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Judge allows Austin mask mandate to continue, rejecting Texas AG Ken Paxton’s argumentsnews austin texas

AUSTIN, Texas — Rejecting arguments by Texas Attorney General Ken Paxton, a Travis County judge declined Friday to block Austin and Travis County orders requiring employees and customers to wear a face covering in local businesses.

State District Judge Lora Livingston announced her ruling in a short order Friday afternoon after a three-hour hearing held remotely via Zoom.

I cannot find that (the state) met its burden to demonstrate the right to the relief it seeks,” Livingston said, adding that a signed order will follow with additional details.

Paxton is expected to quickly appeal the ruling, which denied his request for an injunction blocking the mask mandates.

Lawyers for Paxton, who sued to overturn the mask mandates as illegal and invalid, argued that Gov. Greg Abbott’s pandemic-related executive orders trump local requirements under powers granted by the Texas Disaster Act.

“The TDA clearly makes the governor, not local officials, ultimately responsible for guiding the state through a statewide disaster,” Todd Dickerson, assistant attorney general, told Livingston during the hearing.

The disaster act also gives Abbott’s emergency orders the “force and effect of law” that overrules conflicting local requirements, Dickerson said, adding that Abbott’s executive order of March 2 explicitly barred cities and counties from requiring Texans to wear a mask in public.

“State law controls over local ordinances,” he said.

But lawyers for Austin and Travis County said the mask mandates, which require businesses to ensure that customers and employees cover their faces while inside, are allowed under a different state law that gives local health officials the power to issue rules that protect public health

“The Health and Safety Code is a very broad grant of authority to protect local the population,” Leslie Dippel with the Travis County attorney’s office told the judge, adding that nothing in the Texas Disaster Act overturns or overrules that power.

The state called no witnesses, and Austin and Travis County called one — Dr. Mark Escott, the interim health authority for both jurisdictions.

Escott said wearing a mask in public, a local requirement since the summer, is the most important strategy in reducing the spread of COVID-19, and he credited local policies with helping Travis County have a far lower death rate than the rest of Texas or any other large county in the state.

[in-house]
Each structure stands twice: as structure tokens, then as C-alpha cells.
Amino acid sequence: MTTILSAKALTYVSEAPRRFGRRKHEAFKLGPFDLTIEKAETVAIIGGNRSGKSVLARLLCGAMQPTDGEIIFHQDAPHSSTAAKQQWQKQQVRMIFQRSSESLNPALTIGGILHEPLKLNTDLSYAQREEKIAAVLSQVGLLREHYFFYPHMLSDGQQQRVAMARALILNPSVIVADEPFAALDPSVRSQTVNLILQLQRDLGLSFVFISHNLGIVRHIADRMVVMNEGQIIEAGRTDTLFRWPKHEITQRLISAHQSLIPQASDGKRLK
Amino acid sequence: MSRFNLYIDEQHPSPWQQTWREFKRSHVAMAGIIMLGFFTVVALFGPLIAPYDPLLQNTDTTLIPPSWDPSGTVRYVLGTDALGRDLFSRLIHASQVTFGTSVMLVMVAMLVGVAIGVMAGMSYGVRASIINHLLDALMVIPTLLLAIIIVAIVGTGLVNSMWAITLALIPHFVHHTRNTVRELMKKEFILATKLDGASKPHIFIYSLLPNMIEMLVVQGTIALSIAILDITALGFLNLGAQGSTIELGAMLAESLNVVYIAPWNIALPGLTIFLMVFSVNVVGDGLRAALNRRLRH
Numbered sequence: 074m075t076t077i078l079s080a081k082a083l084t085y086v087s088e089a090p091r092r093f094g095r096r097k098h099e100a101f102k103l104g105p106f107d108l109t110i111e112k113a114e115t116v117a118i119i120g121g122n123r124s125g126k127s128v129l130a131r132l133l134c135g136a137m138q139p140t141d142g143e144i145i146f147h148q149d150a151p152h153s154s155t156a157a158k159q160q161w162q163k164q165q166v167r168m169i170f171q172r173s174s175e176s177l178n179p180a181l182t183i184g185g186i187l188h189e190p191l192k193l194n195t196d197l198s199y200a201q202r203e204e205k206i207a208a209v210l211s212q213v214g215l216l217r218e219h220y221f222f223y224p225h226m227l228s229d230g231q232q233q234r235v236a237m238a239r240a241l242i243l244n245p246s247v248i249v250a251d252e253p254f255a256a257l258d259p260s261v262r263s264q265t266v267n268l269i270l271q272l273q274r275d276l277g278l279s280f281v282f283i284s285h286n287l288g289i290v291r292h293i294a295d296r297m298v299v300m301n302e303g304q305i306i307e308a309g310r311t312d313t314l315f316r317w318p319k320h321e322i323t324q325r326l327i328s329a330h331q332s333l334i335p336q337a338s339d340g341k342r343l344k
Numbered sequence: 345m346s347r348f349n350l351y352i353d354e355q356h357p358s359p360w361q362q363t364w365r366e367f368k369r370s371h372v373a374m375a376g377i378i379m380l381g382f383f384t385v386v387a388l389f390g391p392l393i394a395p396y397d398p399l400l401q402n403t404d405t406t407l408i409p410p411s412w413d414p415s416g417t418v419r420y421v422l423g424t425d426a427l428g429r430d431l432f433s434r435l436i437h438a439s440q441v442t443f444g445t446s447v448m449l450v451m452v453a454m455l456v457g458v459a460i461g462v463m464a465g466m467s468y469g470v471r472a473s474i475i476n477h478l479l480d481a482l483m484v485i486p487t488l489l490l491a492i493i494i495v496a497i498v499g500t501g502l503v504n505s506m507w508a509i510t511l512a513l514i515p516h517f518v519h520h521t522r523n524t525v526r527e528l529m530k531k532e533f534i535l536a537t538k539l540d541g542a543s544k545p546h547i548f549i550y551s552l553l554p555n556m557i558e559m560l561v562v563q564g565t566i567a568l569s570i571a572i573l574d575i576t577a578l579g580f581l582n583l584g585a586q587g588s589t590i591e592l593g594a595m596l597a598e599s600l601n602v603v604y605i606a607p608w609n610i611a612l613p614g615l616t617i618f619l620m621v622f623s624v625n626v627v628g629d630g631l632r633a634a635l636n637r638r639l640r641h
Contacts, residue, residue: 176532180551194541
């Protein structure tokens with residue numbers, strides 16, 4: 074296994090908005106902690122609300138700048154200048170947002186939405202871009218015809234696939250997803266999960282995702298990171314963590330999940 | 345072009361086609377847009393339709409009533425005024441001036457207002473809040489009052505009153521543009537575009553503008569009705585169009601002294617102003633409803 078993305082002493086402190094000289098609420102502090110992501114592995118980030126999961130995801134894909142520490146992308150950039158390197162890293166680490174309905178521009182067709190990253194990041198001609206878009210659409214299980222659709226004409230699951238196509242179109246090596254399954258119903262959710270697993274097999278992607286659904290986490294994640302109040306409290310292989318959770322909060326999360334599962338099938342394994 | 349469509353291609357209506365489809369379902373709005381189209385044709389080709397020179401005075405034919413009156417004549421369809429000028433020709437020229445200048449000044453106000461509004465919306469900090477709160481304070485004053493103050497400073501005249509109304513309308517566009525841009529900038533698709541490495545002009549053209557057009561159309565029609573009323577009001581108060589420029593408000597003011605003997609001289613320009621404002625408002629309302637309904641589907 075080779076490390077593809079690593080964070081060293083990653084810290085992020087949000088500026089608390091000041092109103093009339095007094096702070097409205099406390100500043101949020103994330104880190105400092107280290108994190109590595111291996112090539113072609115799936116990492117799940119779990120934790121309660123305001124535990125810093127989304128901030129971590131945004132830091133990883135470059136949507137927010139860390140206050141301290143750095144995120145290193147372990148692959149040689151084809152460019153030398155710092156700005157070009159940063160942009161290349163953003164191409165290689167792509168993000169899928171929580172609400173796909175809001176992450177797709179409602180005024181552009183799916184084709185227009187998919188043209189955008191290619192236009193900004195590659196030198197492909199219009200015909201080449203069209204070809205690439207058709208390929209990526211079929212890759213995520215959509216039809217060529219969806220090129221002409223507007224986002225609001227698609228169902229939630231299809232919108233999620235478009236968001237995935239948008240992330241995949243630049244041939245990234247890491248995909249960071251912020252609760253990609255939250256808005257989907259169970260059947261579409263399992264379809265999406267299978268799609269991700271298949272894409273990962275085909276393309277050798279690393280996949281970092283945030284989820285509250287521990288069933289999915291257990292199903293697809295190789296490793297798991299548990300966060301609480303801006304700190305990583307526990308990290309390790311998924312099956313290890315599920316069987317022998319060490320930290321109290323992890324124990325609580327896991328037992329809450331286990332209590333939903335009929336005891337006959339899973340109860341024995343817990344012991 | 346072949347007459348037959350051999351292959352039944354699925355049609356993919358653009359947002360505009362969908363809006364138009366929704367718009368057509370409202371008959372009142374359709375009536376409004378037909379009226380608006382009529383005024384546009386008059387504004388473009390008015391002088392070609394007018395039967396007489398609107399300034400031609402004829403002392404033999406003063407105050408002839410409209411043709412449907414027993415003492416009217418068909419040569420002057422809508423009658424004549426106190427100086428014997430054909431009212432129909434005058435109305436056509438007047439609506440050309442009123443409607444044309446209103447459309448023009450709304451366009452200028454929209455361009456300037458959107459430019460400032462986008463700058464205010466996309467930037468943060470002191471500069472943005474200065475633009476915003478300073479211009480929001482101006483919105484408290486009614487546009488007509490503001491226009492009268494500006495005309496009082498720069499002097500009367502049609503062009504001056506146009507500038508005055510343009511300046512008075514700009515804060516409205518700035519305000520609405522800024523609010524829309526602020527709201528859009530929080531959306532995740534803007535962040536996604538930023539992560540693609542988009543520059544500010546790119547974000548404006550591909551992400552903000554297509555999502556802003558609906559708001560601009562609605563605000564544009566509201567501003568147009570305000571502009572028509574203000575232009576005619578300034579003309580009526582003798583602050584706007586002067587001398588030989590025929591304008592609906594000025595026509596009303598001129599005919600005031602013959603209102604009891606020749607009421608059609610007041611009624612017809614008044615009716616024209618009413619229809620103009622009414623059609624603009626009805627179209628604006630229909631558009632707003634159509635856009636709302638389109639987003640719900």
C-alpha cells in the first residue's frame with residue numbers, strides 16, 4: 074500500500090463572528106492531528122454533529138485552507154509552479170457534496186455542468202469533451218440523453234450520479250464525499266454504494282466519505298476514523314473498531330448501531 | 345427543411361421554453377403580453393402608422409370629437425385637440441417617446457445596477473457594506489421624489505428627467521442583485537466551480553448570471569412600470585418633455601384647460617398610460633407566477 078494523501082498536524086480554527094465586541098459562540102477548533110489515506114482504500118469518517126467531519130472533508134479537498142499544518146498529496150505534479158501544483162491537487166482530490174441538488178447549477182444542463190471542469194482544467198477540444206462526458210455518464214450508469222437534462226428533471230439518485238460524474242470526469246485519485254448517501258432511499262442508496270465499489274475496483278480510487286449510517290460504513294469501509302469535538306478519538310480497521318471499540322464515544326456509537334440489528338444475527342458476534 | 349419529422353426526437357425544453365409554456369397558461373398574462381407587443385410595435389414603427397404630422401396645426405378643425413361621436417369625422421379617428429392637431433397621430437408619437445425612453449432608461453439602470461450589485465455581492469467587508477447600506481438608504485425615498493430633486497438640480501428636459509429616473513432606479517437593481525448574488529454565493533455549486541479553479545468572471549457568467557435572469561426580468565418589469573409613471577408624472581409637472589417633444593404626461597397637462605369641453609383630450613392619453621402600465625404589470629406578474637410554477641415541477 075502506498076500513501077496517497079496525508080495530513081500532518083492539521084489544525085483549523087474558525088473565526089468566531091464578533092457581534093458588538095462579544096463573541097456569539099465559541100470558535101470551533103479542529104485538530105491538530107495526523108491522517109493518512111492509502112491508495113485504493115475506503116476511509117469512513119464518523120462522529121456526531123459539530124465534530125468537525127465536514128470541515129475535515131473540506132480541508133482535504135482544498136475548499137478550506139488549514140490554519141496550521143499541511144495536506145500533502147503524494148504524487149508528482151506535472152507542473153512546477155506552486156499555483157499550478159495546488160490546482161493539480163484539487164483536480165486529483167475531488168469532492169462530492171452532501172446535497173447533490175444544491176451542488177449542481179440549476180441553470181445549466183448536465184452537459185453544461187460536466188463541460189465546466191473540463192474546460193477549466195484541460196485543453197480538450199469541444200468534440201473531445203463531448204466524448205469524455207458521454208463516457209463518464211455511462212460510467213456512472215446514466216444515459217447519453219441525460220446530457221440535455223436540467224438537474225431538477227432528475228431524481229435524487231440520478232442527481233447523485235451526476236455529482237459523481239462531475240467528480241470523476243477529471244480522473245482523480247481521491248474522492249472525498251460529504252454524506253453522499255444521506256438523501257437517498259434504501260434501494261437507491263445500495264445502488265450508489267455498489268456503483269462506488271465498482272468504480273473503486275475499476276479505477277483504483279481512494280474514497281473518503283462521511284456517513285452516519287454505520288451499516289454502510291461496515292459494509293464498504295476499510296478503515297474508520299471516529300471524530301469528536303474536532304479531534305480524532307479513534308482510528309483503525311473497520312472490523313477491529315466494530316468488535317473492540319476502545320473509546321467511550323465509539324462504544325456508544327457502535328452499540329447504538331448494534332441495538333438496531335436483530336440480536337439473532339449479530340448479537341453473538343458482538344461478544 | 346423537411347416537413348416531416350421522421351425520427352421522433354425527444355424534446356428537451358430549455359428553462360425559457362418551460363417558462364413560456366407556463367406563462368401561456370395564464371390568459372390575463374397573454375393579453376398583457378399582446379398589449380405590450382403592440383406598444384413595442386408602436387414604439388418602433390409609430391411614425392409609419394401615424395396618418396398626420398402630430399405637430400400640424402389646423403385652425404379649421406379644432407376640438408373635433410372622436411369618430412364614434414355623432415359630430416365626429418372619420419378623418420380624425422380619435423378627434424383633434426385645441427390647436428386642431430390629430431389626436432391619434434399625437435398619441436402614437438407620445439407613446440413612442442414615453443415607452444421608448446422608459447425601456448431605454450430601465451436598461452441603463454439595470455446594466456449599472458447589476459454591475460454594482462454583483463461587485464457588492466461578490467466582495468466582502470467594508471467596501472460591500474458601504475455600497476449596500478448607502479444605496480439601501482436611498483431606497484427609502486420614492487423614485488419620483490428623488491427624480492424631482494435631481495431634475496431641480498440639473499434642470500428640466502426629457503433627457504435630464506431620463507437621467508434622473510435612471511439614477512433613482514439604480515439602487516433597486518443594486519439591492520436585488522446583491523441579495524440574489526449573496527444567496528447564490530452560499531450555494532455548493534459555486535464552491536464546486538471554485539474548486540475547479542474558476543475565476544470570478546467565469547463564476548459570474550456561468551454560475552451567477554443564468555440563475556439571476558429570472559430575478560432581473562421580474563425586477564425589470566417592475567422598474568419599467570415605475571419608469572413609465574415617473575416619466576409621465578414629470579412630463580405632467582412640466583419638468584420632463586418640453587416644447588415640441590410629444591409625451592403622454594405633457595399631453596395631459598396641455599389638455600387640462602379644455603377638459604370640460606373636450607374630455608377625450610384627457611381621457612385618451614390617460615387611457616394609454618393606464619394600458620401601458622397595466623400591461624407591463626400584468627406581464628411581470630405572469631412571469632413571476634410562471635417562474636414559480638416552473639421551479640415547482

Travis County has a COVID-19 rate of 73.2 deaths per 100,000, compared with 160 per 100,000 residents statewide, equating to 1,108 saved lives locally, Escott testified.

“I think that’s a testament to the efficacy of what we’re doing here,” he said.

Escott said he was concerned that lifting the mask mandate could lead to an unnecessary third surge in local COVID-19 cases, adding that the local vaccination rate of 12% of adults over 16, and 10% of the total population, falls far short of estimates that herd immunity requires a vaccination rate of 70% to 85%.

And although coronavirus-related hospital admissions and deaths have dropped sharply, those declines have hit a plateau, he said: “Basically, we’ve hit a wall in terms of our decline in cases.”

“It’s clear that we haven’t beaten COVID-19 yet, and it’s clear that if we are able to maintain those protections, it’s going to buy us time to get people vaccinated, and ultimately it’s going to save lives,” Escott said.

At the close of the hearing, Livingston said she was puzzled that Abbott’s latest executive order prohibited local officials from enforcing mask mandates but allowed individual businesses to require customers to wear a mask — or enter without one.

That would seem to give business owners, who can make those decisions without any scientific basis at all, more power over people’s health than local health authorities who are medical experts, Livingston said.

“What makes sense about that?” the judge asked.

Livingston then shifted gears. “What are the the state interests in preventing a jurisdiction from trying to keep their people safe?” she asked Dickerson.

“In preserving the freedom of individual choice,” he replied.

Livingston found the answer lacking, noting that individual choice would seem to allow infected people to “spew and infect others” by declining to wear a mask. “Why should a person with a deadly virus have more power than the person trying not to catch the deadly virus?” she asked.

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